Supreme Court to Review DCSD Scholarships

March 17, 2014
Colorado’s highest court will review scholarship program.

Colorado’s highest court will review scholarship program.

DENVER – The Colorado Supreme Court announced Monday that it would review an appellate court ruling that determined the Douglas County School District’s Choice Scholarship Program is constitutional. The program that expands school choice has drawn national attention.

The innovative program to grant vouchers to 500 Douglas County School District (DCSD) students was implemented in March 2011, but was challenged by the American Civil Liberties Union (ACLU), Americans for Separation of Church and State and other special interests groups.

The program would grant scholarships to students who have attended DCSD schools for at least one year to attend a qualified private-partner school of their choice.

“Today, the Colorado Supreme Court agreed to hear an appeal in the case of LaRue v Douglas County School District,” said DCSD Board of Education Director Craig Richardson.

“The district welcomes the opportunity for the state’s highest court to review a case that presents such important issues for our state and our country. DCSD is committed to expanding choice for parents and one of the ways is our innovative Choice Scholarship Program,” Richardson said.

In February 2013, a three-judge panel of the Colorado Court of Appeals ruled in favor of the district, finding that the program was constitutional and did not violate state law. The ACLU and opponents petitioned the state Supreme Court in hopes of overturning the Appellate Court ruling.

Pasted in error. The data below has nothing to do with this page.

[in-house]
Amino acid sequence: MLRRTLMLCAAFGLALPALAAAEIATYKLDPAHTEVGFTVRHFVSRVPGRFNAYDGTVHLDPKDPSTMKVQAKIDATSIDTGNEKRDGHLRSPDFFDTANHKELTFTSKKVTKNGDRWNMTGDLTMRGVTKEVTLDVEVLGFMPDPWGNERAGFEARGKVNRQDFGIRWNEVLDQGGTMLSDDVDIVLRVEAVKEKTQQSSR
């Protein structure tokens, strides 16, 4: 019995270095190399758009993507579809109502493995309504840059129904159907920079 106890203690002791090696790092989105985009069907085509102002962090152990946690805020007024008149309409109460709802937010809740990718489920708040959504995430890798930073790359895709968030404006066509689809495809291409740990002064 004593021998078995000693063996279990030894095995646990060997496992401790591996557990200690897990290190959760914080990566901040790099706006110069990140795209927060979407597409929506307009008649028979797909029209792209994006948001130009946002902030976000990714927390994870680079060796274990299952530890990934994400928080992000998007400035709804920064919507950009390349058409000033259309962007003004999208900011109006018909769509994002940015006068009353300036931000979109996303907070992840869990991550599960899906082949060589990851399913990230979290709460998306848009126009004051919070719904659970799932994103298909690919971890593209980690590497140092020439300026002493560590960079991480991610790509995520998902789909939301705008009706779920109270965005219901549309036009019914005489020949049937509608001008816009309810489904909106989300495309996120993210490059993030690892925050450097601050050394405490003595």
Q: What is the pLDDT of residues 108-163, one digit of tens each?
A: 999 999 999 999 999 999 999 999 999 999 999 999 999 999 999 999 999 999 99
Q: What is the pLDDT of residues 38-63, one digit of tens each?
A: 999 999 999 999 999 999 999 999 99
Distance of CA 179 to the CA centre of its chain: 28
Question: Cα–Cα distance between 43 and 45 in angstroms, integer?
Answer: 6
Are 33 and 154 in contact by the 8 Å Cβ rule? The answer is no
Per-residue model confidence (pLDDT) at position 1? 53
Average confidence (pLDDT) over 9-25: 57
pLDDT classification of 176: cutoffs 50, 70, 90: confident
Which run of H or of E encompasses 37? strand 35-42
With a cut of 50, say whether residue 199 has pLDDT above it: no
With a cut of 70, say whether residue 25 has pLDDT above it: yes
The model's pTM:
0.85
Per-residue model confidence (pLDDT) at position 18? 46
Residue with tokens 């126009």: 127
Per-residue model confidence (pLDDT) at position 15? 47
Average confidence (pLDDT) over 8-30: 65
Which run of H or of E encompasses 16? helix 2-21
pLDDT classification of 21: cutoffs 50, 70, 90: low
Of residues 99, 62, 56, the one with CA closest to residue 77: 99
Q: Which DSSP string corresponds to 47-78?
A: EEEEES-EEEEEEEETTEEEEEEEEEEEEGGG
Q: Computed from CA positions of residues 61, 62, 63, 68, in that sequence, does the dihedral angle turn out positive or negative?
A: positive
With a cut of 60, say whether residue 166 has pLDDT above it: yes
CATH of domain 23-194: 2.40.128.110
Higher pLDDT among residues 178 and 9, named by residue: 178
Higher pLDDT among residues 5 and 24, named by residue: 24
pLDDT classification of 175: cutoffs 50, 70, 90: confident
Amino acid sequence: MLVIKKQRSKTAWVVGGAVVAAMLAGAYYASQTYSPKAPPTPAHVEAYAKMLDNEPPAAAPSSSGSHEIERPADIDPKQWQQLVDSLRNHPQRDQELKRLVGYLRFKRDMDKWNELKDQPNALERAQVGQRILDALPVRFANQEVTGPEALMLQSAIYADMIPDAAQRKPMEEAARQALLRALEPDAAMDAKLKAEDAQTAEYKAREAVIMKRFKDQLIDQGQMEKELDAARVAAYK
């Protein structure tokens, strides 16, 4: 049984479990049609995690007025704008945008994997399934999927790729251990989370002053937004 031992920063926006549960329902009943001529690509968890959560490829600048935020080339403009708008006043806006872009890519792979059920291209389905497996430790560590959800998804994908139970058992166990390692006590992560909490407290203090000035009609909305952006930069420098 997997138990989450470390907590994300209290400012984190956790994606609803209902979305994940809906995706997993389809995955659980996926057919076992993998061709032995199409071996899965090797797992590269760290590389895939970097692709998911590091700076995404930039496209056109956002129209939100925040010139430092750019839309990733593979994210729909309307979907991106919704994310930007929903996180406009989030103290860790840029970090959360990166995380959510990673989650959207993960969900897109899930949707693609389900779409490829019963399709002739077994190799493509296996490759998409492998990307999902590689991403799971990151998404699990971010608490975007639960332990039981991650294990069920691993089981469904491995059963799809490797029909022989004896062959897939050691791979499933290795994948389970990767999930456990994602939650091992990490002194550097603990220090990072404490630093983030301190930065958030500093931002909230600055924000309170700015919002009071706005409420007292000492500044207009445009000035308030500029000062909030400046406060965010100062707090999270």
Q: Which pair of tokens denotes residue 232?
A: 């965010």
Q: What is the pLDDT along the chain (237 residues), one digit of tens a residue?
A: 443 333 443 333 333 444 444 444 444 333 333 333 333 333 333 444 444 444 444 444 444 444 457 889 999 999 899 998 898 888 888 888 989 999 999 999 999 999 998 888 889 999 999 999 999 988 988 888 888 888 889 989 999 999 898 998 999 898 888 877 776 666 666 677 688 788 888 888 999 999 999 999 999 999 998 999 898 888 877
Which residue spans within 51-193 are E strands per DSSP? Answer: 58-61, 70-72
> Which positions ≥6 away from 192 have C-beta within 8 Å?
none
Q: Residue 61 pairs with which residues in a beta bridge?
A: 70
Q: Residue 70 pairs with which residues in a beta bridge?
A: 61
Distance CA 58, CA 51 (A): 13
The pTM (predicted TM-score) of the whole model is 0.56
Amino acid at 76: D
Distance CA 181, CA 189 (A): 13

ACLU of Colorado Legal Director Mark Silverstein lauded the state high court’s decision as an opportunity to strike down DCSD’s scholarship program, which he called a “misguided funding scheme.”

Silverstein argued that the school choice voucher program violates the separation of church and state by redirecting taxpayer funds from public to private schools which could be associated with Catholic, Christian, Jewish and other religions institutions.

“Parents are free to send their children to religious schools,” said Silverstein, but at their own expense – not public funds.

However, the Appeals Court agreed with previous U.S. Supreme Court decisions such as Zelman v. Simons-Harris, that determined a K-12 scholarship program similar to that offered by DCSD is a matter of “true private choice.”

In that case, the U.S. Supreme Court ruled that the school choice program benefitted a broad class of citizens who chose schools for their children. If the school was affiliated with a religious entity, it was the parents’ independent choice and not determined by the school district.

An “incidental advancement of a religious mission is reasonably attributable to the individual recipient, not to the government,” the court concluded.

The Colorado Supreme Court’s decision to review the Court of Appeals decision in favor of DCSD “does not mean that the court disagrees with the Court of Appeals ruling,” Richardson said.

“It simply means that the court recognizes the importance of the case for our state and our country,” Richardson said.

The Colorado Supreme Court will now receive briefs on the merits, hear oral arguments by the parties, and eventually issue a decision.

Based on the compelling legal reasoning and analytical strength of the Court of Appeals’ ruling, the Douglas County School District and Board of Education issued a statement that they are highly confident in the outcome.